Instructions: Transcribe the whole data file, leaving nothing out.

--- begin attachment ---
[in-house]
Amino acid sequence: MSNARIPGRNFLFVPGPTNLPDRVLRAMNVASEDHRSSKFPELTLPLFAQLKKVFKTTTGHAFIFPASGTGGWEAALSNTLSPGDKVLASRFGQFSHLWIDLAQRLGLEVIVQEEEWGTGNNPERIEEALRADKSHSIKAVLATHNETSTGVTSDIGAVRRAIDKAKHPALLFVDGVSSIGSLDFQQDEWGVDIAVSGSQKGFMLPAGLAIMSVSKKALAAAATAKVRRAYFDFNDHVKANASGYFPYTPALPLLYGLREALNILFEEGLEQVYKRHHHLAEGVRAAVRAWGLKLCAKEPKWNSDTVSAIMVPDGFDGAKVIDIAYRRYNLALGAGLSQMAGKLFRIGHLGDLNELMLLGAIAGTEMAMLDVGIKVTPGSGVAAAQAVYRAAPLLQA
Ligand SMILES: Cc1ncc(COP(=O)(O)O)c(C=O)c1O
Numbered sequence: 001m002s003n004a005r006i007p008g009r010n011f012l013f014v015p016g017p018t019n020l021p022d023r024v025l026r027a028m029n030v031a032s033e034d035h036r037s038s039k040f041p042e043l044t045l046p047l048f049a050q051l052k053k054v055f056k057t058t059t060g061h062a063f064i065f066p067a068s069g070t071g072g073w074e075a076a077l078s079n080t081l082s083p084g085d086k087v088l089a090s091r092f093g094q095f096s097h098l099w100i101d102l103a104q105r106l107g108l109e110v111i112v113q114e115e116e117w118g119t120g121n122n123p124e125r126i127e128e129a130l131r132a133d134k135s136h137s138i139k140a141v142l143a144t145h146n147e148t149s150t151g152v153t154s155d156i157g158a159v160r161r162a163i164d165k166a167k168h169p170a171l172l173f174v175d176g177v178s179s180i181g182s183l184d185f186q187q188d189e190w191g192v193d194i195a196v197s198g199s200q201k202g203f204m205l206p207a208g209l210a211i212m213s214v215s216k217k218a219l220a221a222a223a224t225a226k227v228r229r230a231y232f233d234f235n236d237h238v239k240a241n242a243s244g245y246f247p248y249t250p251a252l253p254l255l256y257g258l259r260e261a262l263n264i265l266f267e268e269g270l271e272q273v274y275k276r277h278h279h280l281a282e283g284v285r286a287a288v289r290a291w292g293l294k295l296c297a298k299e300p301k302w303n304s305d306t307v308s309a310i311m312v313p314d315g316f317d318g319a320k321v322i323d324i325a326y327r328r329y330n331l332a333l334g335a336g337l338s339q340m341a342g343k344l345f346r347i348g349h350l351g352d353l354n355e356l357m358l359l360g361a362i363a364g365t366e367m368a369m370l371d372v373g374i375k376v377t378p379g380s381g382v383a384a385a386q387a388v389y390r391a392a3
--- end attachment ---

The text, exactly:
[in-house]
Amino acid sequence: MSNARIPGRNFLFVPGPTNLPDRVLRAMNVASEDHRSSKFPELTLPLFAQLKKVFKTTTGHAFIFPASGTGGWEAALSNTLSPGDKVLASRFGQFSHLWIDLAQRLGLEVIVQEEEWGTGNNPERIEEALRADKSHSIKAVLATHNETSTGVTSDIGAVRRAIDKAKHPALLFVDGVSSIGSLDFQQDEWGVDIAVSGSQKGFMLPAGLAIMSVSKKALAAAATAKVRRAYFDFNDHVKANASGYFPYTPALPLLYGLREALNILFEEGLEQVYKRHHHLAEGVRAAVRAWGLKLCAKEPKWNSDTVSAIMVPDGFDGAKVIDIAYRRYNLALGAGLSQMAGKLFRIGHLGDLNELMLLGAIAGTEMAMLDVGIKVTPGSGVAAAQAVYRAAPLLQA
Ligand SMILES: Cc1ncc(COP(=O)(O)O)c(C=O)c1O
Numbered sequence: 001m002s003n004a005r006i007p008g009r010n011f012l013f014v015p016g017p018t019n020l021p022d023r024v025l026r027a028m029n030v031a032s033e034d035h036r037s038s039k040f041p042e043l044t045l046p047l048f049a050q051l052k053k054v055f056k057t058t059t060g061h062a063f064i065f066p067a068s069g070t071g072g073w074e075a076a077l078s079n080t081l082s083p084g085d086k087v088l089a090s091r092f093g094q095f096s097h098l099w100i101d102l103a104q105r106l107g108l109e110v111i112v113q114e115e116e117w118g119t120g121n122n123p124e125r126i127e128e129a130l131r132a133d134k135s136h137s138i139k140a141v142l143a144t145h146n147e148t149s150t151g152v153t154s155d156i157g158a159v160r161r162a163i164d165k166a167k168h169p170a171l172l173f174v175d176g177v178s179s180i181g182s183l184d185f186q187q188d189e190w191g192v193d194i195a196v197s198g199s200q201k202g203f204m205l206p207a208g209l210a211i212m213s214v215s216k217k218a219l220a221a222a223a224t225a226k227v228r229r230a231y232f233d234f235n236d237h238v239k240a241n242a243s244g245y246f247p248y249t250p251a252l253p254l255l256y257g258l259r260e261a262l263n264i265l266f267e268e269g270l271e272q273v274y275k276r277h278h279h280l281a282e283g284v285r286a287a288v289r290a291w292g293l294k295l296c297a298k299e300p301k302w303n304s305d306t307v308s309a310i311m312v313p314d315g316f317d318g319a320k321v322i323d324i325a326y327r328r329y330n331l332a333l334g335a336g337l338s339q340m341a342g343k344l345f346r347i348g349h350l351g352d353l354n355e356l357m358l359l360g361a362i363a364g365t366e367m368a369m370l371d372v373g374i375k376v377t378p379g380s381g382v383a384a385a386q387a388v389y390r391a392a3